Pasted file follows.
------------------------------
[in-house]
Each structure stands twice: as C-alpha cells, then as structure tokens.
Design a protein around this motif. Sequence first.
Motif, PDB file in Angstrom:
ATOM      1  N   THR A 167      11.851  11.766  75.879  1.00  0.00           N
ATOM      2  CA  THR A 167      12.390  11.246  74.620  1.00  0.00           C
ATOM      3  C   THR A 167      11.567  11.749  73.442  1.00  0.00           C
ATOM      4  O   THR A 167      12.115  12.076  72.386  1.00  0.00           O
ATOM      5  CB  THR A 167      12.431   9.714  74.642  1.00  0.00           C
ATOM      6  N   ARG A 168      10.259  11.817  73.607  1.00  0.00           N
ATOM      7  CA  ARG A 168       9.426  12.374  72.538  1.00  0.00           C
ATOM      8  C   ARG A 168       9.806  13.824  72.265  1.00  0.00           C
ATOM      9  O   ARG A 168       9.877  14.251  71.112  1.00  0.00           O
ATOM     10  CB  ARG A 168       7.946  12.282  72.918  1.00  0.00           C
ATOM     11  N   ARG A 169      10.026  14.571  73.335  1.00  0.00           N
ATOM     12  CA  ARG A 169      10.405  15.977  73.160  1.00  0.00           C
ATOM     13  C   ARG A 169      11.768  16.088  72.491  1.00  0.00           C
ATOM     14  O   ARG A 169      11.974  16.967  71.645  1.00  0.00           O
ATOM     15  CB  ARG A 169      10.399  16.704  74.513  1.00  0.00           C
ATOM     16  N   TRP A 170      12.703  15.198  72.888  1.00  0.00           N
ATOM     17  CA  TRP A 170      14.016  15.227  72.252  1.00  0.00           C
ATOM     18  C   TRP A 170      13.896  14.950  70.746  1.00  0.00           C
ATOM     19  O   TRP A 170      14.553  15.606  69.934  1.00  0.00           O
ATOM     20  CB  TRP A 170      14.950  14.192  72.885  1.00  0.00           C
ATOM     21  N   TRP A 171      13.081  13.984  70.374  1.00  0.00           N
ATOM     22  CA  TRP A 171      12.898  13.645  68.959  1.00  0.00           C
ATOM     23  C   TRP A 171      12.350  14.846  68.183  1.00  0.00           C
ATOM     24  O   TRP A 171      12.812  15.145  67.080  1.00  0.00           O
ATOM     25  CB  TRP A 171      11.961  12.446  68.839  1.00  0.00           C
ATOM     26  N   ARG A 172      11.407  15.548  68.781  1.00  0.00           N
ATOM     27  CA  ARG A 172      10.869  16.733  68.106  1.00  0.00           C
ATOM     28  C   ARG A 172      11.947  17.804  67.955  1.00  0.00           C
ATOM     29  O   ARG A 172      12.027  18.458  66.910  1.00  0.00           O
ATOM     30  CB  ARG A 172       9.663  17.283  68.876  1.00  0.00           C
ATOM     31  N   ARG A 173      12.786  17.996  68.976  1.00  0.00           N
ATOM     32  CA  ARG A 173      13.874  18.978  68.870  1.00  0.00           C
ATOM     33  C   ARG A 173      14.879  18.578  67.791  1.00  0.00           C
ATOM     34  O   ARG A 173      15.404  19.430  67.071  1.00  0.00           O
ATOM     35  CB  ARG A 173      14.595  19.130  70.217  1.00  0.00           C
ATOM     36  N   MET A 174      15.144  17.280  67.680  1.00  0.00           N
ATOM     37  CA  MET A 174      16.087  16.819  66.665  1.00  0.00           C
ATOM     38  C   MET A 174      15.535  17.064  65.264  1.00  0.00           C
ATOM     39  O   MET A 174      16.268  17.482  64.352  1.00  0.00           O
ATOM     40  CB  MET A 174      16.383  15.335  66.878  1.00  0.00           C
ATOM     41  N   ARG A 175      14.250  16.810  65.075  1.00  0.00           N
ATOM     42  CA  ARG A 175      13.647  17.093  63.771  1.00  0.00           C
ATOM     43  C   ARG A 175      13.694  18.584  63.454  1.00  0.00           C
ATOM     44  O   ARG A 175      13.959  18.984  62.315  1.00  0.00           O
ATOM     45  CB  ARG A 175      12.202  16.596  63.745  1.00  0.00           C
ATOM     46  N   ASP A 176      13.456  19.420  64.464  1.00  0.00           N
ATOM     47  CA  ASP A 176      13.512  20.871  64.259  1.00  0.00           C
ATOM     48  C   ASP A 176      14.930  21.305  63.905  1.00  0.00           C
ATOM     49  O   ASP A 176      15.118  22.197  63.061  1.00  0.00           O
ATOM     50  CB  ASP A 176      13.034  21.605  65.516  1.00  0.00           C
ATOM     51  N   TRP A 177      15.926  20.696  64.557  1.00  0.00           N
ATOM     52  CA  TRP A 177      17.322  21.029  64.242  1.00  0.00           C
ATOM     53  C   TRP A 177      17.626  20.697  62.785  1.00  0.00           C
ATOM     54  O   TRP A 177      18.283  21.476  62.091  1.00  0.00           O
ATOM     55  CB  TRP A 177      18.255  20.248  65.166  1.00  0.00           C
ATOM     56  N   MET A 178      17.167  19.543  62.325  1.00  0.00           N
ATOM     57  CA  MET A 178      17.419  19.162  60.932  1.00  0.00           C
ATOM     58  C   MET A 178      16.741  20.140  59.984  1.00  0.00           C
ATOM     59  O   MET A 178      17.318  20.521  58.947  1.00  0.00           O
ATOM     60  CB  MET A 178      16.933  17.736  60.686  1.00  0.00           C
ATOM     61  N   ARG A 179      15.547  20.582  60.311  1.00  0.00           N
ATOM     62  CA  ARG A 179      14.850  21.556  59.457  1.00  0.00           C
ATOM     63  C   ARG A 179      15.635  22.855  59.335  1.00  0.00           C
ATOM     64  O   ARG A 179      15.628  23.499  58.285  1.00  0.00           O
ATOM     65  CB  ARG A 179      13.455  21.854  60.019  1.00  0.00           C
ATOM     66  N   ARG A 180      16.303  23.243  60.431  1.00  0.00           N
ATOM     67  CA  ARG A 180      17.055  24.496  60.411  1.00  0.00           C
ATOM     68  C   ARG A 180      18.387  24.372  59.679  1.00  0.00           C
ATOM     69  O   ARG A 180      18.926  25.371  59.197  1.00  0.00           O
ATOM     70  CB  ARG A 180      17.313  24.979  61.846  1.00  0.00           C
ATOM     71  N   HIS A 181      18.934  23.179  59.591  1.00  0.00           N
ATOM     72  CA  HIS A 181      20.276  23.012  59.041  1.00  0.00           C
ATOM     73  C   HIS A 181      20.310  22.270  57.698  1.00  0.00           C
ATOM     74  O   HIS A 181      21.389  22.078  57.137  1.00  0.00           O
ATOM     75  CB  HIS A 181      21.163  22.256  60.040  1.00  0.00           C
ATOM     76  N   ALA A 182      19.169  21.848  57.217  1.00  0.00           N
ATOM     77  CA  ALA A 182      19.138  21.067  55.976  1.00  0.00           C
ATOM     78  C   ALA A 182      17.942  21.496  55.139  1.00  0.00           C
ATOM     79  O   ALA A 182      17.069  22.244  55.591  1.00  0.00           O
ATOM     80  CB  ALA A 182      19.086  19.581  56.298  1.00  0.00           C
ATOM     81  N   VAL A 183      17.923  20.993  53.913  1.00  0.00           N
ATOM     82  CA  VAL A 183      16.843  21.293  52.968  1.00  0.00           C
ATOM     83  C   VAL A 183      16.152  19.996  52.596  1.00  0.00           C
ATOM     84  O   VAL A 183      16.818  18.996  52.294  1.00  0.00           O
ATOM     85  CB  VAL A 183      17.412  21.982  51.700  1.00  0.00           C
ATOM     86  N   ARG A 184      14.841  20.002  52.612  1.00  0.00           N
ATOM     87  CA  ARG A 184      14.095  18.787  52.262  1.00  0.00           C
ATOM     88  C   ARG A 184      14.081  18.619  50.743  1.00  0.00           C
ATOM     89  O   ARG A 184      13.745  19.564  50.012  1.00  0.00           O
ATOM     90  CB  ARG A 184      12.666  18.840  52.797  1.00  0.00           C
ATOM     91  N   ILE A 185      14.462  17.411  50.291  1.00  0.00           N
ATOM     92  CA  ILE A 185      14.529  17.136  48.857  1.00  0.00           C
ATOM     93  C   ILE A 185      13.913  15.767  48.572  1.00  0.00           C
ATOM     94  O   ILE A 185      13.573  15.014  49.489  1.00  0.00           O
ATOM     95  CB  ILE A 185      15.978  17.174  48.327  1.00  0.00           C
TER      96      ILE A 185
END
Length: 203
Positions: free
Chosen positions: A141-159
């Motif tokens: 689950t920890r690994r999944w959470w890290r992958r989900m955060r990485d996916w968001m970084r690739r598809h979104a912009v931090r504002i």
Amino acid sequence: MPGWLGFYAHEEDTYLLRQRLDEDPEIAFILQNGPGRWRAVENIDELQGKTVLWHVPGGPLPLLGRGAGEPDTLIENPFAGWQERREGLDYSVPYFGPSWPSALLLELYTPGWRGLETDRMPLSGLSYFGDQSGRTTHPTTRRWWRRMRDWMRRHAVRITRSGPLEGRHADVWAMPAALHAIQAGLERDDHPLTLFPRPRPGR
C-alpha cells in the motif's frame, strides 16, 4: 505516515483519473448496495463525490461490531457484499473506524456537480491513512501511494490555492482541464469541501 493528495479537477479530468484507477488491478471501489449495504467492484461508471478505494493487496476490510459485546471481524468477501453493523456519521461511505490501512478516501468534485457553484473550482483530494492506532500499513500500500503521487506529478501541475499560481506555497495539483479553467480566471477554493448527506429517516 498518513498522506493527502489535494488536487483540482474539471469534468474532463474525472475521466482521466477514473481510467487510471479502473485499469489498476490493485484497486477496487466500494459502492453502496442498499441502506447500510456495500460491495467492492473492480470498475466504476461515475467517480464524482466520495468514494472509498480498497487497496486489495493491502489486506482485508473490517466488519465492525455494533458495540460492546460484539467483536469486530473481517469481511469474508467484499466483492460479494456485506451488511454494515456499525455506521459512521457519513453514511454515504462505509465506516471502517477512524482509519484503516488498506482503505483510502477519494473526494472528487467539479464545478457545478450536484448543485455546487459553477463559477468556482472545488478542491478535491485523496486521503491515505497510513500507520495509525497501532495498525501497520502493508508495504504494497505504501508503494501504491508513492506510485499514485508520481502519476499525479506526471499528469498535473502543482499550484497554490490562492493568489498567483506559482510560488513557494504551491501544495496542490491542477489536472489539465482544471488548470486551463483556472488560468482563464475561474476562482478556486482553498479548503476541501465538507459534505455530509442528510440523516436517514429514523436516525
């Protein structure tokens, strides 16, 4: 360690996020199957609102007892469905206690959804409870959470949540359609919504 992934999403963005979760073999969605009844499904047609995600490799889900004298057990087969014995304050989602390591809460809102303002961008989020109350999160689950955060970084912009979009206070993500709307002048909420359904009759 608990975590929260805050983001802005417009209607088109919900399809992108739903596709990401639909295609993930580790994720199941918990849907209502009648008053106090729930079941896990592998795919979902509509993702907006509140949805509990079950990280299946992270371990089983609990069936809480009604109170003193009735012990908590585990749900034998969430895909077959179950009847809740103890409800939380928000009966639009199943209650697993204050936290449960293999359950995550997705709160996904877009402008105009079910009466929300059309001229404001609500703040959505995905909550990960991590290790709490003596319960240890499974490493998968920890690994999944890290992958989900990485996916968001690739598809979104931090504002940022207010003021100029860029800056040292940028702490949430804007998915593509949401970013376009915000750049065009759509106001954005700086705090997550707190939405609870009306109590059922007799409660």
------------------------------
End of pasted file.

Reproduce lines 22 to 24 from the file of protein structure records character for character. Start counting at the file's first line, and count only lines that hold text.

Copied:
ATOM     18  C   TRP A 170      13.896  14.950  70.746  1.00  0.00           C
ATOM     19  O   TRP A 170      14.553  15.606  69.934  1.00  0.00           O
ATOM     20  CB  TRP A 170      14.950  14.192  72.885  1.00  0.00           C